The magnificent visual spectacle which is Mountains on Stage film festival is gracing the big screens of the United Kingdom once again

The Winter Edition tells stories from the furthest reaches of the earth, where brave humans have dared to navigate the soaring peaks, plummeting temperatures and unexpected challenges thrown at them by mother nature. Ski Club’s Sophie Mead went to see for herself what new adventures have been documented.

As a skier or snowboarder, you are always at the mercy of the mountain and this is the message cleverly portrayed in the first film, Félicité. It asks: “If the mountains could talk, what would they say?” The viewer is transported to the iconic Mont Blanc Massif in France where athletes Pierre Hourticq, Victor De Le Rue and Jeremie Heitz hike to mind-bending heights in search of illusive untracked lines.

The film is not just a celebration of the athletes conquering this mighty massif however, it is a homage to the mountains themselves which are brought to life through a poetic narration, addressing humans as the insignificant beings in comparison. Humans have the arrogance and to think that they can ‘tame’ the mountain, but one slip or one stumble can spell disaster.
Pierre Hortiqc emphasises: “there is no margin for error.” The mountain humours all attempts to conquer it, playfully asking why a tiny creature such as a man could ever fathom that he or she were more dominant. The mountains have stood strong for millennia and seen many a species come and go. Man is simply the next creature making attempts to scale it. Telling the story from the perspective of the mountain resonates powerfully in the current climate of environmental protection. The ascents of the athletes are truly outstanding, but the mountain tells the story and is given the respect it deserves and placed centre stage. This unique narrative technique makes Félicité a truly fitting opener for Mountains on Stage.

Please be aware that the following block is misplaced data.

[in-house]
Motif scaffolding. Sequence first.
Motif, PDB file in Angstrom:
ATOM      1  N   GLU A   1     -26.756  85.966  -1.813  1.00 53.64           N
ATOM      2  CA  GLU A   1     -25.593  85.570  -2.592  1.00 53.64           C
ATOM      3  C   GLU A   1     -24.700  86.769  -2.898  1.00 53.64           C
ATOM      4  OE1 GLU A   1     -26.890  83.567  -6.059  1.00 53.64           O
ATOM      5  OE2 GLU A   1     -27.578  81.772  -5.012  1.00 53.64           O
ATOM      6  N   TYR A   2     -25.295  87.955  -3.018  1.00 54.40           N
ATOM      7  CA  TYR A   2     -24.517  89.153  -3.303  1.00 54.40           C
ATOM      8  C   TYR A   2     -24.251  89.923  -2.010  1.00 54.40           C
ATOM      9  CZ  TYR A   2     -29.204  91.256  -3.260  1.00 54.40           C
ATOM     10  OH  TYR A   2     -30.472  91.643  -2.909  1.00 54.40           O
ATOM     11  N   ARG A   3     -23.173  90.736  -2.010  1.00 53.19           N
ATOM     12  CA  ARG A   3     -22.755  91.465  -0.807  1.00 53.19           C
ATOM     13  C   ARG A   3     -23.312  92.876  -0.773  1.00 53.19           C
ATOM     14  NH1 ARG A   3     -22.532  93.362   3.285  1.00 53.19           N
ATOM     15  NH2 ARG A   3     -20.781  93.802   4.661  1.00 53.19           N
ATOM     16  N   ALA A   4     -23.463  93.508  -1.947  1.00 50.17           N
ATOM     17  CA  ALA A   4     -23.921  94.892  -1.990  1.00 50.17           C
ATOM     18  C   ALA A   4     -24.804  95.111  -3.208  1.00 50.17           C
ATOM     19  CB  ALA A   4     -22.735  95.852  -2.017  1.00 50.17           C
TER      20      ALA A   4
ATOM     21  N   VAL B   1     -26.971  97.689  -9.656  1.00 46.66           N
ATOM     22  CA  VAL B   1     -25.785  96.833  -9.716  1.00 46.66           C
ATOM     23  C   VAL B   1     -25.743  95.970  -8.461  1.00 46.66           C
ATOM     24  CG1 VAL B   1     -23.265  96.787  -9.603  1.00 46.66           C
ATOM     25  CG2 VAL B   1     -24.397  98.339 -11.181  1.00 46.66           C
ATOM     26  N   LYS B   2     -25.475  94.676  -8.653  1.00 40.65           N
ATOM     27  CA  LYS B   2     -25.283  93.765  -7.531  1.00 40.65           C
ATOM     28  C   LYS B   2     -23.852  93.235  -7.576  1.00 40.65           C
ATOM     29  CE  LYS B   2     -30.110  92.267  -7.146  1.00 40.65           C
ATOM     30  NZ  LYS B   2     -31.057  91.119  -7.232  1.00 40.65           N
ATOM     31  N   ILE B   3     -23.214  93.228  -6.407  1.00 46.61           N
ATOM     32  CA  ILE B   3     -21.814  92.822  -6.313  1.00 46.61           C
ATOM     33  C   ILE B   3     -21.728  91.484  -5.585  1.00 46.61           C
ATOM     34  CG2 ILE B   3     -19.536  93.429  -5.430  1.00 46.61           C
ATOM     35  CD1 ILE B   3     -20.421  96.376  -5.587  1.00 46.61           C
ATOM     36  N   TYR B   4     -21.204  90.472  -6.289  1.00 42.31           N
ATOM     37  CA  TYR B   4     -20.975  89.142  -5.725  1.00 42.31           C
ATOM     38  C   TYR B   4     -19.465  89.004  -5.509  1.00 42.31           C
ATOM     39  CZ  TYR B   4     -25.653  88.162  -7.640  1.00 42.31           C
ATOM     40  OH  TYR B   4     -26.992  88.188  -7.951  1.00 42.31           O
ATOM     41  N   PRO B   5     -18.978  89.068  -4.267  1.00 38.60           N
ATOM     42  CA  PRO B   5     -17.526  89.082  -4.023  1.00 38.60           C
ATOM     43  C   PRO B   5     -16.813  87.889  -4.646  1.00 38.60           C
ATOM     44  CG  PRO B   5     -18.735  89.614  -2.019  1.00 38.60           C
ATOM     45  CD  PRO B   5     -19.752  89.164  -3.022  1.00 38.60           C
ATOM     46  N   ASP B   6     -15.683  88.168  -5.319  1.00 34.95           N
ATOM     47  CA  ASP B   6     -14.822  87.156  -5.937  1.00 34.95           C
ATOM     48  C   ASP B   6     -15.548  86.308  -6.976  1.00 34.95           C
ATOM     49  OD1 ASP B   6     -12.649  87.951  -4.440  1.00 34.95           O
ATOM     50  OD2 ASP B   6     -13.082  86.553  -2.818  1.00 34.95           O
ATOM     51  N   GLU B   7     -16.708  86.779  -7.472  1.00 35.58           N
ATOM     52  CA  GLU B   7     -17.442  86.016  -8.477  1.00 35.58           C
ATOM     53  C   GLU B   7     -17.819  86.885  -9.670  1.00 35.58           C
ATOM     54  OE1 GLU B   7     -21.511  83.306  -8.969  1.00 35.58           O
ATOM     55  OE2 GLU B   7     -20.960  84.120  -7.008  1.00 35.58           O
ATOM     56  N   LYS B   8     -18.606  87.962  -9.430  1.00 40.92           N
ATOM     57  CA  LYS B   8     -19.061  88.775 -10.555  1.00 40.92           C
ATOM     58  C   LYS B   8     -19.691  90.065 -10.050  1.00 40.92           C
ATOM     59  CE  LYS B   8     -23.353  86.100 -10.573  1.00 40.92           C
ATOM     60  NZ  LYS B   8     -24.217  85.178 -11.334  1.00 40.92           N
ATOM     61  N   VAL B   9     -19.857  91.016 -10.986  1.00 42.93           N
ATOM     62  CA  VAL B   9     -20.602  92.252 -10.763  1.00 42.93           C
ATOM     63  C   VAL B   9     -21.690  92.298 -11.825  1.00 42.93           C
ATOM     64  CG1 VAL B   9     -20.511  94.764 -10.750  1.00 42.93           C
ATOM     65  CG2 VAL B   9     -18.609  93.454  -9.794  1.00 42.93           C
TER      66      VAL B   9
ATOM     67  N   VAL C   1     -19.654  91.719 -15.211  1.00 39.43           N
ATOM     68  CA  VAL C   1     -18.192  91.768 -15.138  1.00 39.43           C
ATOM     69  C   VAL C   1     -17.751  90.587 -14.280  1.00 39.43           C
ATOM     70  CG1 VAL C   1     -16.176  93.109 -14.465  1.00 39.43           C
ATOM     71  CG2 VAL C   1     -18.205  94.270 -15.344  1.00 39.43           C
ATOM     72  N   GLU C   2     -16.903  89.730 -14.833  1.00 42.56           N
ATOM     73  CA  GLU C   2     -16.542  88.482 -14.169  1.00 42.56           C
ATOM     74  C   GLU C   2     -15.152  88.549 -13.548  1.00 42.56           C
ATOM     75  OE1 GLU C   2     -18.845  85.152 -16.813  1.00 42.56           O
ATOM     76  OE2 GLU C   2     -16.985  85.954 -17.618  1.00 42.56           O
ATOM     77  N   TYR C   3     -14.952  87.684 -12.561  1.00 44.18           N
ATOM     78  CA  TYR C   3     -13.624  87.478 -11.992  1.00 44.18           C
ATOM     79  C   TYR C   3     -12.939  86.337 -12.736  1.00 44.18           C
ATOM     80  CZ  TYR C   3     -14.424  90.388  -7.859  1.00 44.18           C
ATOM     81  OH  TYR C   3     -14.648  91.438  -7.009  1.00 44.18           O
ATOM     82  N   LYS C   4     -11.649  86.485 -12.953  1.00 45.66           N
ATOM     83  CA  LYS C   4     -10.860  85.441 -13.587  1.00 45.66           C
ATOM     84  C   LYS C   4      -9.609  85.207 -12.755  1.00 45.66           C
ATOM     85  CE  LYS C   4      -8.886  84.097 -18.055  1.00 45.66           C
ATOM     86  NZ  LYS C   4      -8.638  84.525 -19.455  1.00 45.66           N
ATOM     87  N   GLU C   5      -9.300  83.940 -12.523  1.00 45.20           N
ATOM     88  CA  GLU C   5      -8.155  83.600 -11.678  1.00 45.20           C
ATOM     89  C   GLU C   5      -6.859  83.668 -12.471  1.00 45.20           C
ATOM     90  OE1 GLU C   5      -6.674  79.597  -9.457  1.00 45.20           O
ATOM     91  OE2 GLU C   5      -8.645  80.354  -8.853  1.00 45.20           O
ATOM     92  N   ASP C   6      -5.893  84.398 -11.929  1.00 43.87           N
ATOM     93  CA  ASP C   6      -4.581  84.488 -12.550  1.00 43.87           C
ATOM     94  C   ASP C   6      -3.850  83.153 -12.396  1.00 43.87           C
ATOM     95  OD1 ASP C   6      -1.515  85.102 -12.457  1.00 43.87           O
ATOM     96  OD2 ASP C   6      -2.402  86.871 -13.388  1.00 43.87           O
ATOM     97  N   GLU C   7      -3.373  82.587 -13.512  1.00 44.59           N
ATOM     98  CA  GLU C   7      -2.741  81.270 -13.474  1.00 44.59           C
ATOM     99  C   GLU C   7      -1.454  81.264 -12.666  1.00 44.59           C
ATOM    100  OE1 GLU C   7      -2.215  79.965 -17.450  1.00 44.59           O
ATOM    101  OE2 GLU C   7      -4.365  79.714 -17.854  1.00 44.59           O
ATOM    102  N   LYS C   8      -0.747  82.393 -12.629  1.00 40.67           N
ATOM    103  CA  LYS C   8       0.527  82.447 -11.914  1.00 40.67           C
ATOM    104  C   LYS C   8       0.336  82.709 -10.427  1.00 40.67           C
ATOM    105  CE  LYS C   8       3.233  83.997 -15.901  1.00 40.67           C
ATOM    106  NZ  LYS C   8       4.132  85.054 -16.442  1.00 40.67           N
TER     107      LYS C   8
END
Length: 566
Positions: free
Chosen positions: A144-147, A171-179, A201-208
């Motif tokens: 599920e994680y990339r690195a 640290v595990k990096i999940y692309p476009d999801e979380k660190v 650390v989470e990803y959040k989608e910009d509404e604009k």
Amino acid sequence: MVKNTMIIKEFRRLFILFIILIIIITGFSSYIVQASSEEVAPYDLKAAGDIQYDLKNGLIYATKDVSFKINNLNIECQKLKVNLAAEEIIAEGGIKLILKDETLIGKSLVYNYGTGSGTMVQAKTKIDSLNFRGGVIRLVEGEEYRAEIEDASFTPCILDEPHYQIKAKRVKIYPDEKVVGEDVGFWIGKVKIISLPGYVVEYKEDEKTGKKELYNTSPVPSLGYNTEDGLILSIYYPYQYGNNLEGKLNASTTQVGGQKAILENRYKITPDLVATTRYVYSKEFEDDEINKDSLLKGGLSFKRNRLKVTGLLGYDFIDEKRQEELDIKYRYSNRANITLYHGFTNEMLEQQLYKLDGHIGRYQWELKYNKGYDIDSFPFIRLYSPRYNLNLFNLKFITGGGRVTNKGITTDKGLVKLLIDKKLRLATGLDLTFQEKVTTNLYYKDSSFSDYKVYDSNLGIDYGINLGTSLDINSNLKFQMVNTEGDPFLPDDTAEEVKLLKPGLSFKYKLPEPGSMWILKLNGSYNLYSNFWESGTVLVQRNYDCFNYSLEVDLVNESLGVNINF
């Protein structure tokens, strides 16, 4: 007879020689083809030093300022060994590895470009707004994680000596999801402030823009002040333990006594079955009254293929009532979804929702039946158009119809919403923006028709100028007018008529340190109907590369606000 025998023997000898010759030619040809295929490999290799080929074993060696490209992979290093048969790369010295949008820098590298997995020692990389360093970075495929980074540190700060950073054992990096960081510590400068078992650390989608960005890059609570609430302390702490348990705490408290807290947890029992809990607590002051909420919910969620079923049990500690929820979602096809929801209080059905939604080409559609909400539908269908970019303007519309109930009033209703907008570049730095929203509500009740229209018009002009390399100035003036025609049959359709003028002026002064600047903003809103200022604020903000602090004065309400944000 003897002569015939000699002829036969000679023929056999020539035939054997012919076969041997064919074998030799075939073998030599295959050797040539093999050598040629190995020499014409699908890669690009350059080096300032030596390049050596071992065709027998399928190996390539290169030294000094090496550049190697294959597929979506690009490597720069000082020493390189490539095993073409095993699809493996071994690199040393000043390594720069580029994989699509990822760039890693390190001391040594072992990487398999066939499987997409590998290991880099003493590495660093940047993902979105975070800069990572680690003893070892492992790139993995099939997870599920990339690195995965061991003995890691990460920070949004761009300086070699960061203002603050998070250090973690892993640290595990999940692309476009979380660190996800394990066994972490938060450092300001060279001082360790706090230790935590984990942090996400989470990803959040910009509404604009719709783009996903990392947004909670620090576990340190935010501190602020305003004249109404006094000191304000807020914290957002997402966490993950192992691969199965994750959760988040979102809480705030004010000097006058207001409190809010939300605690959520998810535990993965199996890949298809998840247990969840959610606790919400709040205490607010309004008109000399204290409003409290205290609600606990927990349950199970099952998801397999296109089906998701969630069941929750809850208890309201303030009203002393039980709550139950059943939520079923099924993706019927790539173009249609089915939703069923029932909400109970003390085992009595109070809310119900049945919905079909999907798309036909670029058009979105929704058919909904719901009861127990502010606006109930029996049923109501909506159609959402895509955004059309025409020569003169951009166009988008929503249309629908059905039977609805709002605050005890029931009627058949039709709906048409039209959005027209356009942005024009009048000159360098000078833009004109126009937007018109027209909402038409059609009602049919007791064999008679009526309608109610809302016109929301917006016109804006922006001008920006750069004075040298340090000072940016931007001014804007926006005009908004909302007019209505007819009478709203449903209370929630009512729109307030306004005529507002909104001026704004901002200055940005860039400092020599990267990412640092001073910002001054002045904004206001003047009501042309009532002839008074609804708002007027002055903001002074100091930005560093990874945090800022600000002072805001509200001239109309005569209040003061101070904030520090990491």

In a male-dominated film selection, I was relieved to find an outstanding celebration of female ability, and a heart-warming one at that. This Mountain Life tells the story of mother and daughter explorers, Martina and Tania Halik, as they take on a mammoth 2300 km ski trek from Canada to Alaska through the treacherous Coast Mountains.The film resonated with me particularly because my own mother and I are similar ages as the intrepid explorers I watched on screen. The harsh Canadian winter exposed the women to temperatures of minus 20 as they traversed the frozen landscape, but with Tania's lifetime of paramedic skills and Martina's aptitude for avalanche forecasting, the pair stay safe and in high spirits. 

As a child, my mother was very active and would take my brother and I on hill walks which, at the time, we would hate. Only now do I appreciate the joy of enjoying the great outdoors with family. Tania’s no-nonsense attitude and resilience in the face of truly extreme conditions makes her a joy to watch and the banter between mother and daughter as they attempt to make light of an extremely tough expedition is beautiful. The pair were lucky to have food drops delivered by helicopter at key stages of the trip, but they did not always find the deliveries and so hunger was a very real risk. Exploring the vast wilderness of the Canadian backcountry, the risk of illness by exposure is real and a failed camping stove can spell disaster. But just as family feuds can be softened with unconditional love, the jagged Canadian landscape chooses to have mercy on the two brave explorers who wander into its open jaws.

Canada's Baffin Island is responsible for luring many keen explorers into its otherworldly landscape, but never before has it seen quite so much entertainment as during a visit from Sean Villanueva, Nicolas Favresse and the Ragni di Lecco alpinists. Coconut Connection is a film which doesn’t take itself too seriously. With the former duo using vintage skis and boots knocked into shape, they attempt to navigate their way across frozen fjords with kayaks in tow… with mixed results. They stride, glide and tumble their way across 150km of sea ice, dragging their kayaks along the way and jumping into them when the ice melts and cracks into sparkling cascades of white daggers.

The first feats are impressive, but the troupe’s main goal is to scale the sheer walls of a remote valley, all of which are between 500 and 100m. The faces have never been climbed before so the stark landscape presents a unique opportunity to be the first in history to scale several lines. Sleeping in tents suspended hundreds of metres in the air, the group create a mini campsite complete with hammocks, food and of course, a violin for celebratory moments. Of the experience, Nicolas Favresse said: “In a climbing career, it’s rare to have an opportunity like that, to open such major routes. It was a real privilege.”

Mountains on Stage will be showing across the country until 18 December and Ski Club members receive a 20% discount on tickets.